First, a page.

Lucilla DIANA LVCIFERA sestertius.jpg
    Lucilla, AD 164-182/3.
    Roman orichalcum Sestertius, 25.93 g, 30.0 mm, 6 h.
    Rome, AD 164-166.
    Obv: LVCILLAE AVG ANTONINI AVG F, bare-headed and draped bust, right.
    Rev: DIANA LVCIFERA, Diana standing right, holding transverse torch in both hands.
    Refs: RIC 1735; BMCRE 1143-45; Cohen 17; RCV --.
    eparch, PeteB, Shea19 and 11 others like this.
  5. Ryro

    Ryro You'll never be lovelier than you are now... Supporter

    Awwww, schucks @TIF :troll::shame:
    Was a fun coin to write about and even more fun to receive in the mail!:woot:
    And you continue to humble me with the amazing array of coins that only an expert, with a much keener eye than I, would gather to honor such an important deity:artist::cyclops::snaphappy::)
    Everytime I see that Saserna of yours I just salivate over that wicked Artemis!:mask::kiss::nailbiting:
    But why would the Romans equate her (Diana/Artemis) to the recently conquered Gauls, as these coins are purported to be of? Why is this very unique rendering of her exclusively on this type?
    Here's my spooky (reminds me of Jack Skelington's wife) well used girl:
  6. Alegandron

    Alegandron "ΤΩΙ ΚΡΑΤΙΣΤΩΙ..." ΜΕΓΑΣ ΑΛΕΞΑΝΔΡΟΣ, June 323 BCE Supporter


    Campania, CAPUA
    AE Uncia
    Attribution: SNG ANS 210
    Date: 216-211 BC
    Obverse: Bust of Diana right, with bow and quiver over shoulder
    Reverse: Boar right, one pellet above, KAPV (retrograde) in exergue
    Size: 20.72 mm
    Weight: 6.56 grams
    2nd Punic War - Hannibal promises Capua as Capital of Italia after Rome destroyed.

    RR C Hosidius C F Geta 68 BCE Diana bow quiver Boar Hound spear Sear 346 Craw 407-2

    RR Allius Bala 92 BCE AR Den Diana Biga Stags Sear 221 Craw336-1 scarce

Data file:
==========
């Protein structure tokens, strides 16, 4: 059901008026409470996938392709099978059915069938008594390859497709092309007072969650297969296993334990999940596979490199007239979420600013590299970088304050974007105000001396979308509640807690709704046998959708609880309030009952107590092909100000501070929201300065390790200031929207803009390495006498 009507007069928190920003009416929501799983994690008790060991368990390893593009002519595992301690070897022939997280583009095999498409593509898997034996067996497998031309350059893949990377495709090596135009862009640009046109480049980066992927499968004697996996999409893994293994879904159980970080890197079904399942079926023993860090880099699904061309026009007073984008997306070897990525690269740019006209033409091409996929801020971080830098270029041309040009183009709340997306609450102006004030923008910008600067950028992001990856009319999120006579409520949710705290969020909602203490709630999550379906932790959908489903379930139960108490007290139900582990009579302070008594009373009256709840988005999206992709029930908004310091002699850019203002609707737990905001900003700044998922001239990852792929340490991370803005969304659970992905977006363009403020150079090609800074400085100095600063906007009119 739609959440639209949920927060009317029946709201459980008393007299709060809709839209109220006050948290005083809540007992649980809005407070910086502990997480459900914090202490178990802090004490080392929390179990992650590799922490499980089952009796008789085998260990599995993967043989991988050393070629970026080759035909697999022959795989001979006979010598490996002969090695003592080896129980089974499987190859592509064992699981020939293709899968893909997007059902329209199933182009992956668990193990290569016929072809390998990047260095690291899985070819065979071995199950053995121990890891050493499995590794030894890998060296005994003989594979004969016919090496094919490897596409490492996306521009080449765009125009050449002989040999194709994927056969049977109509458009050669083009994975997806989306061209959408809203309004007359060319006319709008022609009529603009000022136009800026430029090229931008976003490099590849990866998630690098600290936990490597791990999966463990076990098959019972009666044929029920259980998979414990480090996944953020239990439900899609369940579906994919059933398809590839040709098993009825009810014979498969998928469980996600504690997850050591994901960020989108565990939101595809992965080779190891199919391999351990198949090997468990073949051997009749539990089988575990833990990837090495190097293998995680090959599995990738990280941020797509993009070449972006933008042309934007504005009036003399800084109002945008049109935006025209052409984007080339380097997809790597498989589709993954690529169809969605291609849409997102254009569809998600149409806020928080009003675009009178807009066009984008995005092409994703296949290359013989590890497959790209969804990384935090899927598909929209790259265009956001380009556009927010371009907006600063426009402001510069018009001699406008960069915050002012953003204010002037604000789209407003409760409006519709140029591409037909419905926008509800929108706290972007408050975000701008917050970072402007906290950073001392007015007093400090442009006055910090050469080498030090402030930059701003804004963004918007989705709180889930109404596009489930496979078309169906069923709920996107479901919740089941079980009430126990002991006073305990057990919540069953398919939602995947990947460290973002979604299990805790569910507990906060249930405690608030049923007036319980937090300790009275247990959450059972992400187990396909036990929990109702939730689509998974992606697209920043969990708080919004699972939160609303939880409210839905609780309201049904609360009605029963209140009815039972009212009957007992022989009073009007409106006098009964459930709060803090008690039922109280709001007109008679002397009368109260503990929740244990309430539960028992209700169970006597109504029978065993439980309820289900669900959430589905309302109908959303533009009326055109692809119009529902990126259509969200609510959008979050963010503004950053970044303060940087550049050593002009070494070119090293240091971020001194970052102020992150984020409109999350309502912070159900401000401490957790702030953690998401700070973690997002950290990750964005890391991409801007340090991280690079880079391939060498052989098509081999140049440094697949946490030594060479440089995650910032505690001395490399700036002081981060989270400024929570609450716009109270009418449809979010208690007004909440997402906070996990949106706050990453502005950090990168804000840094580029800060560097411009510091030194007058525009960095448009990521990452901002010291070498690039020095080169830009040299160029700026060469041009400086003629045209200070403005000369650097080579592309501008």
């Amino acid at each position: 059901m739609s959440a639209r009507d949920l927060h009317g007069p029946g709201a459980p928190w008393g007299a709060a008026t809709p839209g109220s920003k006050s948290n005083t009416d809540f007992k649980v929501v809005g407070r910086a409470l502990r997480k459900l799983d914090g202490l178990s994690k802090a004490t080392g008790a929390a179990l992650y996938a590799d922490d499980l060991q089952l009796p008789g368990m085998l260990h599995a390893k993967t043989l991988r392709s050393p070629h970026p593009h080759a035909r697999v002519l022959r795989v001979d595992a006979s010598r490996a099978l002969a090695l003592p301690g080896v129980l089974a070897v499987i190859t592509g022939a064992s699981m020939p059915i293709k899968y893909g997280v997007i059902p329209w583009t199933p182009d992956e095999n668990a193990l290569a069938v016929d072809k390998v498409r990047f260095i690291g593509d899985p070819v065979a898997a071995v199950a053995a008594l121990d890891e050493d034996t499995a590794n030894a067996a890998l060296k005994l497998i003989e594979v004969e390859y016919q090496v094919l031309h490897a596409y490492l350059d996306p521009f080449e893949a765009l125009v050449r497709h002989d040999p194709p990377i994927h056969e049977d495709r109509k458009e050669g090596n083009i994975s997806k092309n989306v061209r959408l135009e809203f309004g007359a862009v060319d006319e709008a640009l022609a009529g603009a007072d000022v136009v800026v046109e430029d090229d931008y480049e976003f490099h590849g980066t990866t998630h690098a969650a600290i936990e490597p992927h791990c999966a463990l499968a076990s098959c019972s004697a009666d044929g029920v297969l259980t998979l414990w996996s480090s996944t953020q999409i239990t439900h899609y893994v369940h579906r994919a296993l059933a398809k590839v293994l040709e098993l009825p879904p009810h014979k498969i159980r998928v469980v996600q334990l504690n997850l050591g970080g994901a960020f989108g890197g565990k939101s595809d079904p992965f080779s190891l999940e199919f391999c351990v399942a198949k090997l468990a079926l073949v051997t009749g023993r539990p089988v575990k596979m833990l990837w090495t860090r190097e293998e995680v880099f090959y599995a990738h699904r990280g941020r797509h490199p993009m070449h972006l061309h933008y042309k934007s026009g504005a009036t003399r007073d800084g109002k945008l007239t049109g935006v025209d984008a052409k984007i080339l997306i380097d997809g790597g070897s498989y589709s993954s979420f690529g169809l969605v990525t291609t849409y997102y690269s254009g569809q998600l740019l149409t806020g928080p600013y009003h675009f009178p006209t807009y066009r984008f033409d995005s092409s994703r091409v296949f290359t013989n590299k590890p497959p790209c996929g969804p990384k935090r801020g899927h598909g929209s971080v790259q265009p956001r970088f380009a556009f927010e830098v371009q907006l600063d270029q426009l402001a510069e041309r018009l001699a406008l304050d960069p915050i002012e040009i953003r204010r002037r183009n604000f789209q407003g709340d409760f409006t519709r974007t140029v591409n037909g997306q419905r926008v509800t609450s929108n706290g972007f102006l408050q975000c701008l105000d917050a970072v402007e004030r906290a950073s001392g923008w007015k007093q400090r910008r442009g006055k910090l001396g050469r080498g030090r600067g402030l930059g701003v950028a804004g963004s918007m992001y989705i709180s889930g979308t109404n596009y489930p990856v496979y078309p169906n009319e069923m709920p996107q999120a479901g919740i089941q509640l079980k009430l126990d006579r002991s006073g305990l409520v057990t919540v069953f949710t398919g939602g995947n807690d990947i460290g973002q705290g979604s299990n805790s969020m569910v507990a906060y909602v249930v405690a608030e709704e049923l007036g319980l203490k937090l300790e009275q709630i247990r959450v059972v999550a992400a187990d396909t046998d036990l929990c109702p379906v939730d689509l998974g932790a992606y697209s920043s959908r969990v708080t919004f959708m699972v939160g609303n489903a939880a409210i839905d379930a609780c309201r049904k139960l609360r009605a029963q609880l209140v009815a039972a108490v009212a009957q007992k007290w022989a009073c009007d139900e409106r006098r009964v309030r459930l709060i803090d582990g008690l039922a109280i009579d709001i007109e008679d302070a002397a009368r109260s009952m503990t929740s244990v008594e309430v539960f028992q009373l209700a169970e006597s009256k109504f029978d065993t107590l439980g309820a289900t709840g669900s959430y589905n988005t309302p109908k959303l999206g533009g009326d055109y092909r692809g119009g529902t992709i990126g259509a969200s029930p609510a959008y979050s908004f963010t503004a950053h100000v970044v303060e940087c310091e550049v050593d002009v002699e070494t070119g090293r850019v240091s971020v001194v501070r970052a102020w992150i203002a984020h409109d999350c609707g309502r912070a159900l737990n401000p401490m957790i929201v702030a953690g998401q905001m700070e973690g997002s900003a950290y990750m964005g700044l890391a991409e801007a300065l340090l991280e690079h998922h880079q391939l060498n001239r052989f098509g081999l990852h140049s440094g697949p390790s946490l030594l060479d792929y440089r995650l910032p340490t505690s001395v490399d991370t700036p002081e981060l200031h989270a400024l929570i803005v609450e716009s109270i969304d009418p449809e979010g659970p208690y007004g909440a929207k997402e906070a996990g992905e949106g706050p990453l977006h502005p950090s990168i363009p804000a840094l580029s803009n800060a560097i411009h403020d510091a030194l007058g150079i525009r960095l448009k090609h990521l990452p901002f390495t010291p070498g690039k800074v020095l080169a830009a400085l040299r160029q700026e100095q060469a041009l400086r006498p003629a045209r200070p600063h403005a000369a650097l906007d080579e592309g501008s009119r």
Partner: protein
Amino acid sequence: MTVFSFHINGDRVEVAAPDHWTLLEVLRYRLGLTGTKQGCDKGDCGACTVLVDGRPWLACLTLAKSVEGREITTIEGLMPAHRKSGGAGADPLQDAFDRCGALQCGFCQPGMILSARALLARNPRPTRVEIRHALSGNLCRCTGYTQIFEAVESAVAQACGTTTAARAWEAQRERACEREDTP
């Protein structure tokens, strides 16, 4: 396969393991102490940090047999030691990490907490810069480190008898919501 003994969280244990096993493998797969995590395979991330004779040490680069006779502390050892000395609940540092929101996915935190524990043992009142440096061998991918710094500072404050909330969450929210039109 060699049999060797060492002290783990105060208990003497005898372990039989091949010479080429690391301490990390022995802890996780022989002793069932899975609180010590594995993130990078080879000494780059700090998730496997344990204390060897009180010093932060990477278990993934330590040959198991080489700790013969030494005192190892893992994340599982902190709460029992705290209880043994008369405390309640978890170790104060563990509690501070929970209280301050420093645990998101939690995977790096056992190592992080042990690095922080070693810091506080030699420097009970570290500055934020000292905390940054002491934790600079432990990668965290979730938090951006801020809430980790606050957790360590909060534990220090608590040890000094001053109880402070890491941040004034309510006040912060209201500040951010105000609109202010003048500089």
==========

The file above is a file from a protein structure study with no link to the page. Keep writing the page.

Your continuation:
RR Anon Half-Litra 235-230 BCE
    AE 11.1mm, 1.41g
    Obv: Head of Diana right, Phrygian Helmet
    Rev: Dog right w/ left foreleg raised; Roma in ex
    Sear 598 Craw 26-4
    Shea19, Andres2, Marsyas Mike and 6 others like this.
  7. TIF

    TIF Always learning. Supporter

    Good to see something by Senex again :D.

    If I knew, I've forgotten :oops:.
    Shea19, Roman Collector and Ryro like this.
  8. Alegandron

    Alegandron "ΤΩΙ ΚΡΑΤΙΣΤΩΙ..." ΜΕΓΑΣ ΑΛΕΞΑΝΔΡΟΣ, June 323 BCE Supporter


    RI Prv Lydia Hierocaesarea 54-59 CE Capito under Nero Artemis STAG Leaping RPC 1 2391-2

    Syracuse Tyrant Gelon 478-458 BCE AR Tet 24mm 16.7g Slow Biga Victory Artemis-Arethusa 4 dolphins Sear-Greek 914
    Shea19, Andres2, Marsyas Mike and 6 others like this.
  9. zumbly

    zumbly Ha'ina 'ia mai ana ka puana Supporter

    Wickedly epic thread! :D Some of my favorites with Artemis/Diana...

    Macedonia - First Meris Tetradrachm 1946.jpg
    MACEDONIA, Roman Protectorate. First Meris
    AR Tetradrachm. 16.84g, 32.7mm. MACEDONIA (as Roman Protectorate), First Meris, Amphipolis mint, circa 167 - 149 BC. SNG Cop 1313; Prokopov 127. O: Diademed and draped bust of Artemis right, bow and quiver over shoulder, in the center of a Macedonian shield. R: Club; monogram above, two monograms below, MAKEΔONΩN above, ΠPΩTHΣ below; all within oak wreath, thunderbolt to left.